A new study of workshifting in the United States reveals big growth in the last couple of years–but the percentage of Americans who telework remains very small.

The State of Telework in the U.S. focuses specifically on people who work at home at least part time but are not self-employed. The numbers overall are very small: only 2.9 million people consider their home their primary place of work  (versus an estimated 50 million “who want to work from home [and] hold jobs that are telework compatible”).

“The typical telecommuter is a 49-year-old, college-educated, salaried, non-union employee in a management or professional role, earning $58,000 a year at a company with more than 100 employees.”

 

There’s some great data in here:

  • Government workers telework the most. Though the numbers remain tiny, the federal government is leading the way based on the percentage of its own workforce that teleworks.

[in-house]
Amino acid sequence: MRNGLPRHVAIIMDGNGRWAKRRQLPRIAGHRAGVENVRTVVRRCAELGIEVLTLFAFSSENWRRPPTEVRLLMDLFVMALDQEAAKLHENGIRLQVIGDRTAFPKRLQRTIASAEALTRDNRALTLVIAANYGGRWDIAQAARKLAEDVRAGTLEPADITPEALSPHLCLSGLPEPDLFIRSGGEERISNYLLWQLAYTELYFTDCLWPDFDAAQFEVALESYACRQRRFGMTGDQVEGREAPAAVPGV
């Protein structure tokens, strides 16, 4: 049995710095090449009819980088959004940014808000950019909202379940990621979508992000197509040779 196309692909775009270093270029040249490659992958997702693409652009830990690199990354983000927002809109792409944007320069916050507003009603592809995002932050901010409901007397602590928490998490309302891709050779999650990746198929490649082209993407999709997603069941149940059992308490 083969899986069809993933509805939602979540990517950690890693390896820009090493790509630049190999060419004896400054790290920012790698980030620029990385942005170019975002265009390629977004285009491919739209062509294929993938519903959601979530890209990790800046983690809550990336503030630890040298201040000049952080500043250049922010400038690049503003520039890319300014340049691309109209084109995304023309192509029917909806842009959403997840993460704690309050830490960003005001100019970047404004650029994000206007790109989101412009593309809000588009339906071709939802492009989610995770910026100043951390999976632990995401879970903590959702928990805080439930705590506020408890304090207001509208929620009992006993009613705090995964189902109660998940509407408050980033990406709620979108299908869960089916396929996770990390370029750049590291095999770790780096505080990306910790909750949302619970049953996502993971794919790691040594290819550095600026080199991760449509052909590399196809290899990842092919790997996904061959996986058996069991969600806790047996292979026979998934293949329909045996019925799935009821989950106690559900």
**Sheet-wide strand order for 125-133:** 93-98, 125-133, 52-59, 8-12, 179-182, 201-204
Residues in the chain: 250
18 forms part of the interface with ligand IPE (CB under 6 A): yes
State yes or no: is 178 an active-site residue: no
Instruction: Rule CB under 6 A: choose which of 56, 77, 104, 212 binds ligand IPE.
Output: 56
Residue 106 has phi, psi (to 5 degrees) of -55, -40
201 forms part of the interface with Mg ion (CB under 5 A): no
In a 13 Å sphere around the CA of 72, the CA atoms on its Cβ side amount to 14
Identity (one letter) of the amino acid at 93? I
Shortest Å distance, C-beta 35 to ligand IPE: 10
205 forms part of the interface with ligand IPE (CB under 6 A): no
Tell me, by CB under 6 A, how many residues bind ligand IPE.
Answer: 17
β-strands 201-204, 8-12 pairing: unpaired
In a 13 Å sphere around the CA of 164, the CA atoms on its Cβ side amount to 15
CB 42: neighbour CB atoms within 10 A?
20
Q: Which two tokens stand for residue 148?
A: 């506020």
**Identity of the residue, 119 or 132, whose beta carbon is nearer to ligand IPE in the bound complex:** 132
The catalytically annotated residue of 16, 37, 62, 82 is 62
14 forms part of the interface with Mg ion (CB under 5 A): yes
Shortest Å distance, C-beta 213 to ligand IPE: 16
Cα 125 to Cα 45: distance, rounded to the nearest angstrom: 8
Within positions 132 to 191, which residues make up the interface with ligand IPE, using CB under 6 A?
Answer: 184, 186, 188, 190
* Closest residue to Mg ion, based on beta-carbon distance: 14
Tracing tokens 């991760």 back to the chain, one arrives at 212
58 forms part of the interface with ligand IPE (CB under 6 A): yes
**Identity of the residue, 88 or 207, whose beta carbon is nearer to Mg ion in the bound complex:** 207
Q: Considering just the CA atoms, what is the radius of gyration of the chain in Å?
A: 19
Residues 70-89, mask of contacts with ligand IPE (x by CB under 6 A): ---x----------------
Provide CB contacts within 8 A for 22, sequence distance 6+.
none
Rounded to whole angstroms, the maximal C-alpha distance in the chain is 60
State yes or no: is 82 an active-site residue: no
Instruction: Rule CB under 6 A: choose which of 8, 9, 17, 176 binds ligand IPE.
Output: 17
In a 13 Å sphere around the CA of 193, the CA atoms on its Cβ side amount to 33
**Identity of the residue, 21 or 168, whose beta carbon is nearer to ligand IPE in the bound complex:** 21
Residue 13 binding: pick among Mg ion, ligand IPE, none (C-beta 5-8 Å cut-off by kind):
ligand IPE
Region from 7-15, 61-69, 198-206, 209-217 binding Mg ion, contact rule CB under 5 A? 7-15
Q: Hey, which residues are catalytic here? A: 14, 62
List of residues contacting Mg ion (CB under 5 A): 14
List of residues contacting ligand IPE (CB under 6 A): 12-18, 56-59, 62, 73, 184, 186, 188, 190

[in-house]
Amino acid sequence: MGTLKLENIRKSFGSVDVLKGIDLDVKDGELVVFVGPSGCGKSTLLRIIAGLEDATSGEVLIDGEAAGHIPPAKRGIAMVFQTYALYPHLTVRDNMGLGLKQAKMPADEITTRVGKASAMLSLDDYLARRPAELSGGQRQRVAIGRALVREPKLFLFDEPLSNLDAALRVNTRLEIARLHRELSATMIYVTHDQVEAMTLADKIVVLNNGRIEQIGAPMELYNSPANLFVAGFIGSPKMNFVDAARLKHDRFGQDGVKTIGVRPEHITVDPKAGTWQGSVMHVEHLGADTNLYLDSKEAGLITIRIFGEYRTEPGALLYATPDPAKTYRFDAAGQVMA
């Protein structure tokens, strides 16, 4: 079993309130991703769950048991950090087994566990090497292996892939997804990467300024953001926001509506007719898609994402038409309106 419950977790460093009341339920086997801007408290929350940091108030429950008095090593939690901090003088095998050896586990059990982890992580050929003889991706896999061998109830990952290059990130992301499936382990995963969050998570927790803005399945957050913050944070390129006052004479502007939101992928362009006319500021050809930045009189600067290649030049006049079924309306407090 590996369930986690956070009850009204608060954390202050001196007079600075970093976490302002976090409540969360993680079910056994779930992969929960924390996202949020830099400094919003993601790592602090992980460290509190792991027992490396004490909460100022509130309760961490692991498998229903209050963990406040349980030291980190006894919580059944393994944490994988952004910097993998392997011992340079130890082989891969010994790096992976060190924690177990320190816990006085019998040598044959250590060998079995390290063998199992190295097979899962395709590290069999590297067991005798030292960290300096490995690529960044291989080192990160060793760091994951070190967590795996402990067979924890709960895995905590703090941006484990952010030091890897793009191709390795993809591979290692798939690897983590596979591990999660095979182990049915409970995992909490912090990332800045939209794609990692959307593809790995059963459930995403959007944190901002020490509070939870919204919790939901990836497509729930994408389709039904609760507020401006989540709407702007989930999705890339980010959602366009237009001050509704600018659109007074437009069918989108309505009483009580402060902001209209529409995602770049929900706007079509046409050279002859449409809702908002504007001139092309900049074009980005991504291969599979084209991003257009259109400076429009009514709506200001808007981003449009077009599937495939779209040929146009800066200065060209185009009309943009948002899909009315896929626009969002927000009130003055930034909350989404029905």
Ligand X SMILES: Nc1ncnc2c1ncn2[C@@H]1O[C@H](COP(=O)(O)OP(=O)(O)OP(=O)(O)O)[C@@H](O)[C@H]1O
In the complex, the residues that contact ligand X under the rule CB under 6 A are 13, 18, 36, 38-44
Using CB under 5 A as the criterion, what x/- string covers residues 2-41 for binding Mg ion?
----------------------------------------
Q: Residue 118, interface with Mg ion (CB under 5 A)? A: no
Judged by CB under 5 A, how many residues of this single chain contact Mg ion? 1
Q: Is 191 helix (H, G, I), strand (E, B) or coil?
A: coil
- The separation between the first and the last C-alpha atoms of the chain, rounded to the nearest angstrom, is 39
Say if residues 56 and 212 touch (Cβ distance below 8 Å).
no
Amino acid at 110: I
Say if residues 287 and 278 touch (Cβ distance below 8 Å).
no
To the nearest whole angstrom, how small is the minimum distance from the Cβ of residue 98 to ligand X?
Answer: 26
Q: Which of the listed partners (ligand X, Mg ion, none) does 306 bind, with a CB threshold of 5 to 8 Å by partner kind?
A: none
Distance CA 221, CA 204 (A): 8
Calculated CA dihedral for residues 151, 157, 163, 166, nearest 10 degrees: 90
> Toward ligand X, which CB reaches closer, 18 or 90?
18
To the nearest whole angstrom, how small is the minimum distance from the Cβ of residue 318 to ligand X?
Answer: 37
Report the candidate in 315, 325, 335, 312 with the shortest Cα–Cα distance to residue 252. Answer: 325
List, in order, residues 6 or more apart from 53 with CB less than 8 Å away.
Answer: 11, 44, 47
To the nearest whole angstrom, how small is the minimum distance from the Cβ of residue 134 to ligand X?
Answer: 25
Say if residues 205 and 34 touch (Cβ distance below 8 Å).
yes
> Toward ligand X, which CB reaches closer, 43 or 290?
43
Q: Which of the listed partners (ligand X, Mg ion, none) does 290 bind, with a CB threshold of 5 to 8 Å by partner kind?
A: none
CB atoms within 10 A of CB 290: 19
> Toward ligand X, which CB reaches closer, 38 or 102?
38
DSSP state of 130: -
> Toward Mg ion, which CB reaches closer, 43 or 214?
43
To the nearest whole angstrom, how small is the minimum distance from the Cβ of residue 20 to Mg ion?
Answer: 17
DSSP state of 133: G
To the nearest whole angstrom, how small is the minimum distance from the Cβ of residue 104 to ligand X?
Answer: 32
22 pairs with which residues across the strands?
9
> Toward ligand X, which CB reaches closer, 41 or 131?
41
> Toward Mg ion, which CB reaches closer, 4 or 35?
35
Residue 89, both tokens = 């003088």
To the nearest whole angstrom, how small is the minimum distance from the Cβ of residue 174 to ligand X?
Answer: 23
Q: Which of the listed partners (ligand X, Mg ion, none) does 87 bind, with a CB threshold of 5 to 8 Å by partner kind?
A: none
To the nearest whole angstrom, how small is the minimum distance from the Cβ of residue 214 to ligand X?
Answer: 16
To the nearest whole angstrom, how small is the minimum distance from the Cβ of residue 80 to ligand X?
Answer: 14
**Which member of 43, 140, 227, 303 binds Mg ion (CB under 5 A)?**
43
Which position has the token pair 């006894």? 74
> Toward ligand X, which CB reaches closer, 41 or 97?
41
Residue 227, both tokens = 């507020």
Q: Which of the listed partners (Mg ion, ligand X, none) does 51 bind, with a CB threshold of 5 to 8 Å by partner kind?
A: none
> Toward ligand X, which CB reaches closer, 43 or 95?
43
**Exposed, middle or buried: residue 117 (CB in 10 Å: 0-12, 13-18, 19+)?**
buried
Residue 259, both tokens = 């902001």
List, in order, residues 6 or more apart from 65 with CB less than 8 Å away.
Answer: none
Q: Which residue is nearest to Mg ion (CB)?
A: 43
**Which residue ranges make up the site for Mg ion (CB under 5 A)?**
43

• Only 5 percent of private companies offer flexible workplace benefits. These are 2010 numbers, so you know workshifters are still at the  bleeding edge.
  • Baby Boomers are leading the way. As a percentage of their numbers in the workforce, Baby Boomers are far more likely to be teleworking. This doesn’t suggest that Millennials don’t want more flexibility–just that far fewer of them have it.
  • A college degree makes a difference. People with college and/or advanced degrees are far more likely to be teleworkers. This also correlates to income (higher-paid employees are more likely to have workshifting options) and to type of job (professional, managerial).

Forget what workers want; here’s the business case.

The State of Telework in the U.S. makes a compelling economic argument for flexible workplaces, from reduced office costs and employee productivity to energy savings to the impact on our carbon footprint.

People want more work flexibilty. The question is: will companies trust their employees enough to grant it?

Bonus Reading: Author Kate Lister has pulled out her own report highlights in The Who, What, Where, and Why Not of Telecommuting.

Photo by Pinoldy (Flickr).